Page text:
Azalia Savage can be a bright and bubbly youngster, but when her health began mysteriously deteriorating, her parents received a heartbreaking diagnosis.
Their 3-year-old has a degenerative, terminal condition called CLN2 Batten disease.
Mother Sheree Morrow said she and partner Kelvin Savage were first told they could expect the second of their three children would live to about age 15. But after doing some internet research, "we now know it's more like 8 to 10".
Morrow said she was left feeling "just numb - not knowing what the future is going to hold".
Batten disease is a group of rare disorders involving inherited mutations of so-called CLN genes. One study in Canada estimated the incidence of CLN2 to be 9 cases in 100,000 births. If both parents carry the CLN2 gene mutation, there is a 25 per cent chance a child will inherit two faulty copies of the gene and develop the disease, usually by age 7.
In CLN2 disease an enzyme that breaks down wastes, proteins and fatty compounds in cells is produced in insufficient quantities or isn't active enough. Speech, language, vision, intellect and movement progressively deteriorate.
Azalia's problems emerged when she was around 18 months old.
"She had a few words then they disappeared," said Morrow. "She wouldn't play peek-a-boo or chase."
At around 2-½ to 3 she was diagnosed with autism. Seizures began and have got worse. They are now "like a shock" and Azalia flies backwards and collapses three or four times a day, sometimes more.
"She has regressed in a way that she needs fulltime supervision, can no longer walk down steps, feed herself accurately and is very unbalanced," said Morrow.
There is no cure for the disease, although an extremely expensive medicine that can slow its progression was in February licensed for use in New Zealand; no funding application has been made to state medicines buyer Pharmac.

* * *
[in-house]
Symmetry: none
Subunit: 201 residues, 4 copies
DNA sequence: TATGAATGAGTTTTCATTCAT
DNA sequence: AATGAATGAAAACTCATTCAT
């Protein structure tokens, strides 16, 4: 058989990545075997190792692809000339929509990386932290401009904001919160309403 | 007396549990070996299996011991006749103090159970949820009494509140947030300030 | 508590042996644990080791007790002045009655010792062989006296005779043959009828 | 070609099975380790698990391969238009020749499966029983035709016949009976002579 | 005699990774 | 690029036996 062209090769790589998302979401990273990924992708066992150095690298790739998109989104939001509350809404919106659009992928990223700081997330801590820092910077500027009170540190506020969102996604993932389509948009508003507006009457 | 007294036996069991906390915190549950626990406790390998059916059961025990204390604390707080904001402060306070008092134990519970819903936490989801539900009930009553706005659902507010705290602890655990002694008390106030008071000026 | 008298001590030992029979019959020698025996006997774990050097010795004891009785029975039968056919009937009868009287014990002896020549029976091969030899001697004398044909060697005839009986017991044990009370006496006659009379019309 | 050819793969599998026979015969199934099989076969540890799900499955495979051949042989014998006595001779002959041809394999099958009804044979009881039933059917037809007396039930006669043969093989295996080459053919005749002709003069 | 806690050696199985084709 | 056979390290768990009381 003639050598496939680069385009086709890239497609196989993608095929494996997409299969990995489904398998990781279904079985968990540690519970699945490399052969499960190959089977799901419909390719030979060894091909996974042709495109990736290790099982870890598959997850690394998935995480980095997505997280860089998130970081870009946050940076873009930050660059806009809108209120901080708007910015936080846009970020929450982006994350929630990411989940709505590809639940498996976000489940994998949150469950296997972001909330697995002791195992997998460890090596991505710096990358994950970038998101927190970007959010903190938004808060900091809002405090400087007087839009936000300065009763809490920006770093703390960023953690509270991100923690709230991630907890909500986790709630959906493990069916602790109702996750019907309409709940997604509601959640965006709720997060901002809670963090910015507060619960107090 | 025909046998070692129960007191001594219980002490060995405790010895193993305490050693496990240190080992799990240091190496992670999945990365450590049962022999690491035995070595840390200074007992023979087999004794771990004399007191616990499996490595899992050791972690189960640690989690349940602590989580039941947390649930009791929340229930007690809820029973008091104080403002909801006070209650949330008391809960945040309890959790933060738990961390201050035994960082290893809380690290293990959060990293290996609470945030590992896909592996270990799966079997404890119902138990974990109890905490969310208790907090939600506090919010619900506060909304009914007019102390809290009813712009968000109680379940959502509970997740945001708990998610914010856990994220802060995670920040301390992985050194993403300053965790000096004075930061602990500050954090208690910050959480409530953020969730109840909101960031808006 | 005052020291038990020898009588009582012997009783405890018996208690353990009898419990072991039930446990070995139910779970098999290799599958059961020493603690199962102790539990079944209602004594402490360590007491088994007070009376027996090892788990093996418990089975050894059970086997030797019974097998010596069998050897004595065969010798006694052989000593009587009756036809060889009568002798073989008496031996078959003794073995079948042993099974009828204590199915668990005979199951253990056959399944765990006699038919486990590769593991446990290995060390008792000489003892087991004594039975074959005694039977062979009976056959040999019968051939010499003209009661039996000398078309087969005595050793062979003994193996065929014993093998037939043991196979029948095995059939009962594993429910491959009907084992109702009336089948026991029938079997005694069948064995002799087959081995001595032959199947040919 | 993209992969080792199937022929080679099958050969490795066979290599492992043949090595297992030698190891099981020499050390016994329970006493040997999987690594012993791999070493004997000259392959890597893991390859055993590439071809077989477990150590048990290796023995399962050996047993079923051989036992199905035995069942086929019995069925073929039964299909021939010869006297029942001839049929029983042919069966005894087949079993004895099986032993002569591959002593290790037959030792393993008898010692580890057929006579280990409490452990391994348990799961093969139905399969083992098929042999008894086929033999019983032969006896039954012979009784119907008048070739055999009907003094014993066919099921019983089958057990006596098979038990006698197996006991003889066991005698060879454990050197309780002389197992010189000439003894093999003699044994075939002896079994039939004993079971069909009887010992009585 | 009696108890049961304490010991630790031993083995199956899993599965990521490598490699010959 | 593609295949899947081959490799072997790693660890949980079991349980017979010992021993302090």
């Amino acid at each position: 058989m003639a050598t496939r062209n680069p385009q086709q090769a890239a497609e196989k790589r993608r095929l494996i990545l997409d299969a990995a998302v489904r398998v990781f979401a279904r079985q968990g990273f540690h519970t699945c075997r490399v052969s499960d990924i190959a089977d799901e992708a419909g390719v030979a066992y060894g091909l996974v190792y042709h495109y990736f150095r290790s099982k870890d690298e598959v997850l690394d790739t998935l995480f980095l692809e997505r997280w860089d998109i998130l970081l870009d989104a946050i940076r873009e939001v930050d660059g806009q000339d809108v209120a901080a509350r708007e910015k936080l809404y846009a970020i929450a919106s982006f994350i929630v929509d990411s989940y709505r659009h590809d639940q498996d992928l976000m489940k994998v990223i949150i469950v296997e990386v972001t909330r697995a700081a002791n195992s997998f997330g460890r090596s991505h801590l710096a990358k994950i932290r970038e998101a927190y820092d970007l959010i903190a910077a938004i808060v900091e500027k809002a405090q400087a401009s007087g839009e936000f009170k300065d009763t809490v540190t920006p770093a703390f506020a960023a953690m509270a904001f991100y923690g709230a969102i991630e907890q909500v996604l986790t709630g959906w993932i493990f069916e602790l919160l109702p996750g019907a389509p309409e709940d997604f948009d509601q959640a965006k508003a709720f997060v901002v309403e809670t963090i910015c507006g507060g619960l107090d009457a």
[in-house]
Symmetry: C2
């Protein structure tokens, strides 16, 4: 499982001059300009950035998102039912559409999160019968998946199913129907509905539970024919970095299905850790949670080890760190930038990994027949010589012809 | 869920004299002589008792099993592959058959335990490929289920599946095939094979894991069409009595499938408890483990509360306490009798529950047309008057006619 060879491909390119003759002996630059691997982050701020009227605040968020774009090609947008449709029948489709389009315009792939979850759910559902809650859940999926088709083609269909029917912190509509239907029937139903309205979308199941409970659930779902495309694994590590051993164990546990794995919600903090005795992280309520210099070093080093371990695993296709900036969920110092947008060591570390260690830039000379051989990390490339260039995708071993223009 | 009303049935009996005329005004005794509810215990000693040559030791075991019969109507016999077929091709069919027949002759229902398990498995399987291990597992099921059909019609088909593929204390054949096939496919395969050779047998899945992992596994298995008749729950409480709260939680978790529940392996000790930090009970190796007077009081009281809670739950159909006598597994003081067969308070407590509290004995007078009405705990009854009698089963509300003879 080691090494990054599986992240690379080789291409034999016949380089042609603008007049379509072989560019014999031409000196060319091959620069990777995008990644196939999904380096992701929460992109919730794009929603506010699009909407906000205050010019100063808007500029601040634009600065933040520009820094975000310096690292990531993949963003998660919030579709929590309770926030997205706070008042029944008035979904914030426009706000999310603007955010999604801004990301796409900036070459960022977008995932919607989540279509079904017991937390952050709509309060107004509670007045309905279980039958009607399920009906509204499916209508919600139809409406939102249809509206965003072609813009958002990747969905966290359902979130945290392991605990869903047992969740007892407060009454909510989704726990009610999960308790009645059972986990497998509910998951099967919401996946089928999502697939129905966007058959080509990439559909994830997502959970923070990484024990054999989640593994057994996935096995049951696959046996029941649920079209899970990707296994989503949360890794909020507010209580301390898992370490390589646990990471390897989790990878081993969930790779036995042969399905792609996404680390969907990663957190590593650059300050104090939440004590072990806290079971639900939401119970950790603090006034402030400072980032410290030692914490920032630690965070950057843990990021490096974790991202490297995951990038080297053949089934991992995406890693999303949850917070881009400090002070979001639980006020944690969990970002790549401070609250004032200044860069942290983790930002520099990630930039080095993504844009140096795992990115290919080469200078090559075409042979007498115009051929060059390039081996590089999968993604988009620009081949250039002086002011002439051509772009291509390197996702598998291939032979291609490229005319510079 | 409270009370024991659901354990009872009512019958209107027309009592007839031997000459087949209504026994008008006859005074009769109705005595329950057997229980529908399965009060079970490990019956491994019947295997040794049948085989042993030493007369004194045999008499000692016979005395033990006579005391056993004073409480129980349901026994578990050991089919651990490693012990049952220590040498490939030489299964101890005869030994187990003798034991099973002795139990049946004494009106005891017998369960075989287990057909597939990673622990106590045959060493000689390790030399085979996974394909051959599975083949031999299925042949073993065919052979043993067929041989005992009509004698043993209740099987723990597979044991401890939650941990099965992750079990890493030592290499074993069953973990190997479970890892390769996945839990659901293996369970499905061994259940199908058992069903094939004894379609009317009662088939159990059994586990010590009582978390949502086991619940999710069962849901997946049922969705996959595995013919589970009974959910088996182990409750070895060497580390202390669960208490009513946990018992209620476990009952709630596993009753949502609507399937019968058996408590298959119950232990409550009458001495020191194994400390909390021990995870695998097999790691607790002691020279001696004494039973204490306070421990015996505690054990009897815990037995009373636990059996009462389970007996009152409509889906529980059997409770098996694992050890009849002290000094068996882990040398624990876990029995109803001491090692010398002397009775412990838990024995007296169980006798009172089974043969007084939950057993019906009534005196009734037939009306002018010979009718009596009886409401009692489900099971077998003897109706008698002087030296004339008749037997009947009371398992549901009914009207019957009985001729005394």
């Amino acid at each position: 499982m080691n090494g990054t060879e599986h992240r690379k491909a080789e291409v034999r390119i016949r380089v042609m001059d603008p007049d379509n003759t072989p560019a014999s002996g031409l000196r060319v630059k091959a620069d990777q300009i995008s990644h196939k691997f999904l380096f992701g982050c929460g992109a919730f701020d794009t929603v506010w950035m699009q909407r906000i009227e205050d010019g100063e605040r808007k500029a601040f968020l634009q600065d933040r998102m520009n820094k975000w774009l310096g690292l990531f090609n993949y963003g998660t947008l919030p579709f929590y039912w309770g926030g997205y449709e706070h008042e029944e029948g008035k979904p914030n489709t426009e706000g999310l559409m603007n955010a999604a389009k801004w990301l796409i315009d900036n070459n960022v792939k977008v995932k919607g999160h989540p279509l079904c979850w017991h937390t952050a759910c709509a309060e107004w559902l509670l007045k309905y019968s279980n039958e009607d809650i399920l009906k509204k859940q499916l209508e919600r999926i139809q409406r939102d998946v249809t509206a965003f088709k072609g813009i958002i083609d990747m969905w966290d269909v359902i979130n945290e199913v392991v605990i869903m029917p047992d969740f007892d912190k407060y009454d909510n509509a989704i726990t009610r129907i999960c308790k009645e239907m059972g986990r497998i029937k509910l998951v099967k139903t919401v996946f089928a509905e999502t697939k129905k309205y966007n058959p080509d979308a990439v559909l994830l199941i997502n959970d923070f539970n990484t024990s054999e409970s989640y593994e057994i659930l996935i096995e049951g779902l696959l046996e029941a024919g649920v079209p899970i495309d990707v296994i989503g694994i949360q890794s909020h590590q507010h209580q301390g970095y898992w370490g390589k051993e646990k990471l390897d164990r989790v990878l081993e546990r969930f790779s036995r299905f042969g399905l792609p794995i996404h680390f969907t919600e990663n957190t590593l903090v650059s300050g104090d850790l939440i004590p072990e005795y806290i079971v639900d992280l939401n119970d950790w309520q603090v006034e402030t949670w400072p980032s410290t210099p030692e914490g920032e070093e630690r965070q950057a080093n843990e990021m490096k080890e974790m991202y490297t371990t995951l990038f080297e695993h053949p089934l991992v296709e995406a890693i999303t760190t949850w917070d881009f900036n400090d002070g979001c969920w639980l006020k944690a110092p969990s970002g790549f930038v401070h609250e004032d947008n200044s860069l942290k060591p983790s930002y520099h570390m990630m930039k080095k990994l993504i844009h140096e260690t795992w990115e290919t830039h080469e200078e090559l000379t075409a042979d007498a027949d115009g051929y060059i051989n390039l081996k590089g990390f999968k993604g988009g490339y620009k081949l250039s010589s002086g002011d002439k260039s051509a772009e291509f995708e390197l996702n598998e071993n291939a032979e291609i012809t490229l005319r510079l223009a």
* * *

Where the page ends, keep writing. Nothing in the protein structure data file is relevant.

In Britain, the National Institute of Health and Care Excellence considered last year that at a cost of £500,000 (around $968,000) a year for one patient, cerliponase alfa, which is infused directly into the brain, was not cost-effective. However the medicine is funded in Australia on the Government's Life-Saving Drugs Programme.
Morrow said she had talked to Starship children's hospital in Auckland about Azalia potentially entering a trial, but she wasn't eligible. She understood that although the drug was now licensed, it was not yet available.
Azalia has been in and out of hospital and has had problems with her seizure medication.
Morrow is battling authorities for an increase in her daughter's current 2-½ hours a day of teacher aide state funding.
"At the moment she is bright and bubbly. She does well at childcare," said Morrow, who is a childcare worker at the same centre.
Azalia has medical approval for non-psychoactive cannabis-derived CBD oil, which Morrow hopes will help with the seizures and boost her appetite, but she said the family, who live in Tauranga, can't afford the cost, expected to be about $500 a month.
A Givealittle crowdfunding page has been set up to raise money to help with Azalia's care.
Azalia's diagnosis has raised the question of whether her siblings, Isabelle, 8, and Neko, 1, have the disease.
"They don't believe Isabelle would have it because she would have shown signs by now."
It was yet to be decided whether she should be tested now, or later as an adult, to see if she is a carrier of one copy of the faulty gene. Testing of Neko will be discussed with the Tauranga Hospital next month.
"We'll be pushing for him to be tested."